PointsBet-Univ. of Colorado Partnership Sparks Debate About Sportsbooks and College Sports
Posted on: October 7, 2020, 01:54h.
Last updated on: October 7, 2020, 09:33h.
A report from Sports Illustrated claims the University of Colorado stands to receive more than $1.6 million from sports betting operator PointsBet as part of a corporate sponsorship agreement the two sides announced last month.
That deal will be similar to those between sportsbooks and major professional teams. It is the first between a sportsbook and a university’s athletics department, and could be a harbinger for similar arrangements between others in the two realms.
However, a journalist and professor who has written extensively about sports betting and corruption in sports think those institutions should not come together.
You can’t run a nunnery out of a brothel,” Declan Hill told Casino.org. “You can’t have two such diametrically opposite organizations in the same place.”
Hill works as a professor of investigations at the University of New Haven’s Henry C. Lee College of Criminal Justice and Forensic Sciences. He was quick to point out that he doesn’t think of the NCAA as the former object in his analogy. Nor does he believe PointsBet or other sportsbooks are the latter. It’s just that the mission of collegiate athletics does not jive with gaming interests.
The Oxford-educated Hill also does not have an issue with legal sports betting. In fact, he sees the expansion of a regulated industry in the US as a good thing. He’s felt American sports betting has been highly influenced by some “very dubious characters — and that’s an insult to dubious characters everywhere,” he said, referring to the mob’s influence over it in the last hundred years.
Report: PointsBet to Pay for Referrals
The SI article notes the state’s flagship university will receive quarterly payments through June 2026. In addition, the school will receive a $30 referral fee for each new customer it sends to PointsBet, which has a headquarters based in Denver and is getting ready to open a new building later this month.
PointsBet, in return, will receive advertising space at Folsom Field, where the football team plays, and the school’s events center, home to the university’s basketball teams. Colorado will mention PointsBet in gameday promotions and during games broadcast on the Buffaloes radio network. The sportsbook will receive banner ads on websites and have the chance to take over the department’s homepage.
CU Athletic Director Rick George said he sees PointsBet as an ally and a resource. Not only will the company look to recruit students for internships and CU graduates for positions at its Denver HQ, but it’ll also serve as a partner for both responsible gaming and sports betting education.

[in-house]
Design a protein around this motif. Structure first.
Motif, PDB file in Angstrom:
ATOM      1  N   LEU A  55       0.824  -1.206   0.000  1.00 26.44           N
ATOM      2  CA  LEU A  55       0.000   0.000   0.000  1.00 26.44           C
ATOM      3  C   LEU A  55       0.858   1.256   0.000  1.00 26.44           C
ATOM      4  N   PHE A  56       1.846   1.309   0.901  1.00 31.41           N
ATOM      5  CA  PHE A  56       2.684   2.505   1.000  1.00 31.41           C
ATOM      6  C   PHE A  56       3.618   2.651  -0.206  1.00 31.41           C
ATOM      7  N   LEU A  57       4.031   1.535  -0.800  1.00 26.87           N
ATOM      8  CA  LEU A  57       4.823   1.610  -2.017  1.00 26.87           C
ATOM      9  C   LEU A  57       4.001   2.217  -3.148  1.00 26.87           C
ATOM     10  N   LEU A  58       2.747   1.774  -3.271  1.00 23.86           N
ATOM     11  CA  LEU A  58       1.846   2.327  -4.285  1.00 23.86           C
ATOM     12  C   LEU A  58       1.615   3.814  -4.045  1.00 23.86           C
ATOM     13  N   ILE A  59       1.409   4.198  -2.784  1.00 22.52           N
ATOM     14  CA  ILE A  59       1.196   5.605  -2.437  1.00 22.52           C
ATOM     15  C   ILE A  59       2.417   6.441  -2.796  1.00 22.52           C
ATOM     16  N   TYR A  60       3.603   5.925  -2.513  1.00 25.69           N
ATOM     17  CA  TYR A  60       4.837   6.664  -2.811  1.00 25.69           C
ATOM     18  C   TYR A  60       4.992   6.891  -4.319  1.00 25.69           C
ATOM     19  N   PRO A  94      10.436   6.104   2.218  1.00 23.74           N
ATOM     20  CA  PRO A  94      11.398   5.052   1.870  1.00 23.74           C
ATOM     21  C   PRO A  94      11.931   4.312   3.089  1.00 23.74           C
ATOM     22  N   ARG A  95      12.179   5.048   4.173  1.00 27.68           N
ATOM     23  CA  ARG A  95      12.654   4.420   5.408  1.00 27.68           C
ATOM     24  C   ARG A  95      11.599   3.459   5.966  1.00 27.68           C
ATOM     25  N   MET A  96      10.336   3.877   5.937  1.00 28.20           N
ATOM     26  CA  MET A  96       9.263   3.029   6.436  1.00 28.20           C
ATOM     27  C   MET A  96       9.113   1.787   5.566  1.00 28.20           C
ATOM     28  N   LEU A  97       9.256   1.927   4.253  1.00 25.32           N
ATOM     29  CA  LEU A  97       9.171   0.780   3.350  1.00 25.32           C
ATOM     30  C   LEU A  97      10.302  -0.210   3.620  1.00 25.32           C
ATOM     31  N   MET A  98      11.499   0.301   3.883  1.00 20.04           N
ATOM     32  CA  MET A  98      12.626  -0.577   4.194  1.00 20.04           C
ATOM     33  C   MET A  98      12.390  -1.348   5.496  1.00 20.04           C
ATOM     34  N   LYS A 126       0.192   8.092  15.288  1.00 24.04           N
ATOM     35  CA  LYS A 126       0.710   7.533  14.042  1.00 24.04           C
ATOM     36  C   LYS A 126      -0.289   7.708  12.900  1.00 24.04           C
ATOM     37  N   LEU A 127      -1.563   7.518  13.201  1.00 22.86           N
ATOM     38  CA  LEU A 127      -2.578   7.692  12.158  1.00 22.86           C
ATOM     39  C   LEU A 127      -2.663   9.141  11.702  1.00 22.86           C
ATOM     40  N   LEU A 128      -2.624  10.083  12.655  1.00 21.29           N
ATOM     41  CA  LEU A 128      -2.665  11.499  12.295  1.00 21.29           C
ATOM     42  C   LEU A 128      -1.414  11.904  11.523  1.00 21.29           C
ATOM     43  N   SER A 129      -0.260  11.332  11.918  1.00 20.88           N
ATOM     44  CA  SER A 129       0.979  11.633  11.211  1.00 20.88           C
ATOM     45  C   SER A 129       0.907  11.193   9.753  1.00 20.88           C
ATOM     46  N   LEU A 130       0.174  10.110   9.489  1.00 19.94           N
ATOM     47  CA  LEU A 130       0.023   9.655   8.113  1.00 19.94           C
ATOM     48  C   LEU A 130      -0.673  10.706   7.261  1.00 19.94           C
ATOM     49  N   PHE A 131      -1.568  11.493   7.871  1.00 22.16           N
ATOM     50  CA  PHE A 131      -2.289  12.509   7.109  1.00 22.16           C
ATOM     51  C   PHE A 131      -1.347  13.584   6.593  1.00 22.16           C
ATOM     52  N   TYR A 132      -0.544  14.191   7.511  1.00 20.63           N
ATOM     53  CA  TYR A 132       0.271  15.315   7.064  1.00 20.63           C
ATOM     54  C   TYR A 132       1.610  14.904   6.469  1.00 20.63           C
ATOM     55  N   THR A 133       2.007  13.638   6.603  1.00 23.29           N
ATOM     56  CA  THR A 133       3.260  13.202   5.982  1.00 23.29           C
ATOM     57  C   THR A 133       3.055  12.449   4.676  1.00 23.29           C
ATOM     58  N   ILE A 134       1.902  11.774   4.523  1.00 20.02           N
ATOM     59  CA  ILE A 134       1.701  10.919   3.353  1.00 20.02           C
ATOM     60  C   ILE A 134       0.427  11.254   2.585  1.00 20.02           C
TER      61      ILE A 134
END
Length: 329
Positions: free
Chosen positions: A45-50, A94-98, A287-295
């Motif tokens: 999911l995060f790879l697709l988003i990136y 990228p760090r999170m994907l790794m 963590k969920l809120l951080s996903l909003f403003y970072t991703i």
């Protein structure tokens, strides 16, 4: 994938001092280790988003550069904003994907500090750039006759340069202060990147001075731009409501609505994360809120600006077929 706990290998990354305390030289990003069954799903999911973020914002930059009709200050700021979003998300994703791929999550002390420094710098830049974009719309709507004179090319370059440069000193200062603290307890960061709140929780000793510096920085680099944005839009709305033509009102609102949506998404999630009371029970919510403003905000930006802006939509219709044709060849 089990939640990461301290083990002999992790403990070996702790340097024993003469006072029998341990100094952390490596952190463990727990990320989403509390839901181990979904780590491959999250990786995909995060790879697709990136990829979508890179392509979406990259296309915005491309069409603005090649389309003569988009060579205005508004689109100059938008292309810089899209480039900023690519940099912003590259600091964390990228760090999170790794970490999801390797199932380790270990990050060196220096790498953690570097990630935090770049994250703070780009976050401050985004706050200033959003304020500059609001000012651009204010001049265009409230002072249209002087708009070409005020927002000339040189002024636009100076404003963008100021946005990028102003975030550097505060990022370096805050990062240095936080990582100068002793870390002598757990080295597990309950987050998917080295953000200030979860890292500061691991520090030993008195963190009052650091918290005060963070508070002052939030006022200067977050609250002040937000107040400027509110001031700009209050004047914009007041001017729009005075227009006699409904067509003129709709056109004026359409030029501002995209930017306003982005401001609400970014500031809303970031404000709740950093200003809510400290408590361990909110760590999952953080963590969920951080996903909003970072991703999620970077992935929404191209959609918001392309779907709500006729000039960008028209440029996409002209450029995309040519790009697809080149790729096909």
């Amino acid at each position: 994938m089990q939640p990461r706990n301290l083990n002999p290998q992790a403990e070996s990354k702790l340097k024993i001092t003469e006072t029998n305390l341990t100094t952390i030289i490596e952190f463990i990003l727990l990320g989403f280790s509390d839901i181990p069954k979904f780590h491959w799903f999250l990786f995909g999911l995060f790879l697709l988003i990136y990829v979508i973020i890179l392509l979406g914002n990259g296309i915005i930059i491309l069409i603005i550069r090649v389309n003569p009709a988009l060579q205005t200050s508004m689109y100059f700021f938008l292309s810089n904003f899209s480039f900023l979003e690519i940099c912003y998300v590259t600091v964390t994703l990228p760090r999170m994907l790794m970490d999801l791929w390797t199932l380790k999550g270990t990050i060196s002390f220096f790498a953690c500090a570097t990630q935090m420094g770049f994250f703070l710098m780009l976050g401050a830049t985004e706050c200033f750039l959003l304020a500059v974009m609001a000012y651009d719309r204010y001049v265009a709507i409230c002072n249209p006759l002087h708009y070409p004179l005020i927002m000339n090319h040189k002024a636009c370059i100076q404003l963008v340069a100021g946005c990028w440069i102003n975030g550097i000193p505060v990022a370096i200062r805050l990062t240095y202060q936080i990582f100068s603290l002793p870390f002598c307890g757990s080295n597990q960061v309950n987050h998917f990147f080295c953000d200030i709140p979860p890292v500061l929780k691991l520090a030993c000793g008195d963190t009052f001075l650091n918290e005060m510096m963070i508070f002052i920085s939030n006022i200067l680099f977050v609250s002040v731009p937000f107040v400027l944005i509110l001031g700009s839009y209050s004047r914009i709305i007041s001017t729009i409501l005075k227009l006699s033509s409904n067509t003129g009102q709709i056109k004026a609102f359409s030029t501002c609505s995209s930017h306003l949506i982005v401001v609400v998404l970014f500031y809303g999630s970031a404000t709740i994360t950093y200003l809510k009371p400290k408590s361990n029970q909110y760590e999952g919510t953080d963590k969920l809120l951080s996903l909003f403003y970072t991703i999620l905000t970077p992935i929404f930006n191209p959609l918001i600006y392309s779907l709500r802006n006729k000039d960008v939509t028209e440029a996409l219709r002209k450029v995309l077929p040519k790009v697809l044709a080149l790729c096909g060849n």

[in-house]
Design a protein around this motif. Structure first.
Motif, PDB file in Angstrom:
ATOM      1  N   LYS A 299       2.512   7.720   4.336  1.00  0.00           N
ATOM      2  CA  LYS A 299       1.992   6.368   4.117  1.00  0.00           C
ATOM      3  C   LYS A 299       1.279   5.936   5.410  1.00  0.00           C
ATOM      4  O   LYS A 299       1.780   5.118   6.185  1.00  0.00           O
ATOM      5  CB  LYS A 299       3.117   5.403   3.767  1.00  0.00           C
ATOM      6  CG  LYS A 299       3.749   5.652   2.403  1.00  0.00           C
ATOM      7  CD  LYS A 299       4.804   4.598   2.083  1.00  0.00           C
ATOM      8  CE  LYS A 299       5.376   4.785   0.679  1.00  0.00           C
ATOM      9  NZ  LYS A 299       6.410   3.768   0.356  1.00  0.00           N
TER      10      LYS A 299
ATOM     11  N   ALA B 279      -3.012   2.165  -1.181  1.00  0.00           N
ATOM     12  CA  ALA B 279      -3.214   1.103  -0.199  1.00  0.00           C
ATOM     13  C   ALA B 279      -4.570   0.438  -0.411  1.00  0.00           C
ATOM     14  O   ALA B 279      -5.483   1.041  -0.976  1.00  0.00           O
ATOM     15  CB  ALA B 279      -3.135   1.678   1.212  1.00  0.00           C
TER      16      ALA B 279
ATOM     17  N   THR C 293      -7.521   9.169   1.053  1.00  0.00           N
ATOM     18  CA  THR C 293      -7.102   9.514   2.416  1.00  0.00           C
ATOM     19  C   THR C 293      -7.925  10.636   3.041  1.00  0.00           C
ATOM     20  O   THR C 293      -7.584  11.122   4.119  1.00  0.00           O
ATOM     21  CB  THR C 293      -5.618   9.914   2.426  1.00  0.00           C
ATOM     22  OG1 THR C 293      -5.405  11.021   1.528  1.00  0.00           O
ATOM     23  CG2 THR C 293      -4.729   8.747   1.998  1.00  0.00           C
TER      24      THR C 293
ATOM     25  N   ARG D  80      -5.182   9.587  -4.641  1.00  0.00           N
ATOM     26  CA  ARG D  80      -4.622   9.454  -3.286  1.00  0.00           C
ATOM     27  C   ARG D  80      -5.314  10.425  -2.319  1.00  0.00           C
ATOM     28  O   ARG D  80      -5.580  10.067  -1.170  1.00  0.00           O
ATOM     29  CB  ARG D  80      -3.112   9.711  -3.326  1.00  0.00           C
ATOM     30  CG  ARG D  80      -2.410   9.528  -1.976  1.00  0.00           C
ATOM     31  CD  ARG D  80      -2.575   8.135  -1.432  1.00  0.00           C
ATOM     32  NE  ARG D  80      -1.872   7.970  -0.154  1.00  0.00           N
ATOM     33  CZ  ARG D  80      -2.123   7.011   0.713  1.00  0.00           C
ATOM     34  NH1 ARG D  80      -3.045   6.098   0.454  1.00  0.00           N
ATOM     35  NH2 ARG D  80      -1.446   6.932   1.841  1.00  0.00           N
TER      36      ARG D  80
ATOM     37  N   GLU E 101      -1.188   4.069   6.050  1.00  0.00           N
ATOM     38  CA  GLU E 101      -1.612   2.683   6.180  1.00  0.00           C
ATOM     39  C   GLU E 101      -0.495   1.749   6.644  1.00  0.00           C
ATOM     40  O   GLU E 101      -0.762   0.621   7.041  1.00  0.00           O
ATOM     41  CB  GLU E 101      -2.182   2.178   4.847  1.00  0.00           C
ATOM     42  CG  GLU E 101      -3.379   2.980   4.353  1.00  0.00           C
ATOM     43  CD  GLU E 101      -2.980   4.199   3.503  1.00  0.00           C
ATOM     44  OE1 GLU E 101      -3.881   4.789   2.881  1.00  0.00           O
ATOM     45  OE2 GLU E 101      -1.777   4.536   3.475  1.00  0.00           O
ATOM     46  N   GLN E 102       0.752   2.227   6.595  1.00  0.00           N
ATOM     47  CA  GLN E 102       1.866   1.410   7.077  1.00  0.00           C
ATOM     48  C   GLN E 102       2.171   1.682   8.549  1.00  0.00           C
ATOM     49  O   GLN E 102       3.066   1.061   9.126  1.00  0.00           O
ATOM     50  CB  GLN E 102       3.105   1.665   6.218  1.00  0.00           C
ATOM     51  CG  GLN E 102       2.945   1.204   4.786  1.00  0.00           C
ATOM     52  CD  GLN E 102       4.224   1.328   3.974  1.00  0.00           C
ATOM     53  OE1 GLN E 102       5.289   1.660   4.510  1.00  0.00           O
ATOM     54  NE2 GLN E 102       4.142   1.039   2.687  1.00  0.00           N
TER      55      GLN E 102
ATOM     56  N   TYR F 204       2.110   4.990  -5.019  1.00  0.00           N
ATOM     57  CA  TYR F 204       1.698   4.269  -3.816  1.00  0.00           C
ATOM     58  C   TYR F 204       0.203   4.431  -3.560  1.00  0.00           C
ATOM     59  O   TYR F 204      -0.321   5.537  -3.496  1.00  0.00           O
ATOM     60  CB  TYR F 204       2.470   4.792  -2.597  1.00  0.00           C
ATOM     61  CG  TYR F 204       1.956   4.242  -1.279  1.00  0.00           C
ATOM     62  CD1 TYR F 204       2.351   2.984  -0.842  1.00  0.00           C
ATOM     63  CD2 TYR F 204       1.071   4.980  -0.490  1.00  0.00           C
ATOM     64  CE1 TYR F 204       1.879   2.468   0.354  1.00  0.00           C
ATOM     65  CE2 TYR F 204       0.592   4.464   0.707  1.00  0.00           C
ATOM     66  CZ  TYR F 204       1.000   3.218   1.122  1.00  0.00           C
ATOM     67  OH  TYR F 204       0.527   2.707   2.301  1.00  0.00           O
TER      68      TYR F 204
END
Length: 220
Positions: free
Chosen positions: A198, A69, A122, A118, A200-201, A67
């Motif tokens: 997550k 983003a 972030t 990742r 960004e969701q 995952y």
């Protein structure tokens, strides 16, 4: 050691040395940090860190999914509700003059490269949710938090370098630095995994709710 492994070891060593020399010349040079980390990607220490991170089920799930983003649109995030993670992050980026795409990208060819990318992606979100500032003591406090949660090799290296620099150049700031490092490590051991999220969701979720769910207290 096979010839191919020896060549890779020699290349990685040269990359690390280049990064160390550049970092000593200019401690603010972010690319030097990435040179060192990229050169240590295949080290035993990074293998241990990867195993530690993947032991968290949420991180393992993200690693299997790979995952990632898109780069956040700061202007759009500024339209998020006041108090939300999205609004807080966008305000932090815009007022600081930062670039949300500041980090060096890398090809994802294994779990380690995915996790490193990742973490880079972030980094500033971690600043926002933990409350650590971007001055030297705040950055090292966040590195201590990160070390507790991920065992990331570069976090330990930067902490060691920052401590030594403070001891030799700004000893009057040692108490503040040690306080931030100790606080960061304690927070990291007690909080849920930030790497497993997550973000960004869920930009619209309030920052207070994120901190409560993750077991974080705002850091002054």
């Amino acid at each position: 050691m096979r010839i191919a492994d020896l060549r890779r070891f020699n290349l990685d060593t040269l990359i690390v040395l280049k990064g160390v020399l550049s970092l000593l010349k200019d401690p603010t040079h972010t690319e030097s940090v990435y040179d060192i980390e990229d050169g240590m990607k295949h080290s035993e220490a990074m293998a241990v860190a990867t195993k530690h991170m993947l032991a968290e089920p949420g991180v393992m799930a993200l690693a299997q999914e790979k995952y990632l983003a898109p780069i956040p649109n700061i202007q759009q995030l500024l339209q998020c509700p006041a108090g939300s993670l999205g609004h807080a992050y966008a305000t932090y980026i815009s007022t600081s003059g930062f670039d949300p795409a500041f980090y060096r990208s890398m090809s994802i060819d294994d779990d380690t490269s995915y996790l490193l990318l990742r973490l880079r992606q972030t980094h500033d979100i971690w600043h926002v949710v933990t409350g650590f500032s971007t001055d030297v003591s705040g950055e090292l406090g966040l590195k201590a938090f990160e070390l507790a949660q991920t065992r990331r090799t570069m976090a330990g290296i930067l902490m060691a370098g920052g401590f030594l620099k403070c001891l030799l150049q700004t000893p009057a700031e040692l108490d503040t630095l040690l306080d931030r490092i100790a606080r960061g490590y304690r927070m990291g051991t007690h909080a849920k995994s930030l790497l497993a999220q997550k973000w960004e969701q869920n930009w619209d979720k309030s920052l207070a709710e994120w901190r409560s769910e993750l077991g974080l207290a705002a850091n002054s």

“Gaming in college athletics is becoming more and more prevalent in states, and I think it’s going to expand moving forward,” George said. “And I think the educational piece is going to be a critical part of that. I think having a partnership with somebody like PointsBet… will help us protect the integrity of our competition and our sports.”
More Than Gaming Education Needed
Hill said PointsBet helping with responsible gaming and educating Colorado student-athletes isn’t enough. He believes athletes across the country, both collegiate and professional, should be getting that in the first place.
What might help, Hill said, is if some of the proceeds from sports betting deals were used to fund long-term healthcare for college athletes. He noted that, unlike the NFL, the NCAA does not offer that to student-athletes, even though the injuries they may suffer during their playing days linger for years.
“Because, remember what they’re being asked to do. They’re being asked to perform at their height (of their abilities) and not being recompensed in terms of salary,” Hill said. “And they’re being asked not to gamble, even though now, as they run into their stadiums… there will be signage, there will be linkage saying this is a sponsorship deal.”
College Administrators Critical of Sports Betting
The PointsBet-CU deal comes as some colleges have been lobbying state and federal lawmakers to implement bans or place more restrictions on college sports betting, fearing that the integrity of the games may be compromised.
They worry bettors may target uncompensated student-athletes and tempt them to influence the outcome of a game. Some schools, including Purdue and Butler universities in Indiana, have created policies banning students, faculty, and staff from betting on their teams and athletes.
This summer, University of Pittsburgh Athletic Director Heather Lyke testified before the Senate Judiciary Committee about that, as well as concerns about player safety, saying bettors who lose a bet on a college game may target a student-athlete for threats or abuse.
Some college administrators have called for a national ban on college sports betting, and at least one US senator has expressed interest in such a bill.
That push comes as the individual states that have legalized sports wagering have taken various stances. Oregon does not allow gamblers to place bets on college games, while states like Illinois, New Jersey, and New York ban betting on in-state teams and any other collegiate games that take place in their state.
Others, like Colorado, allow betting on in-state teams.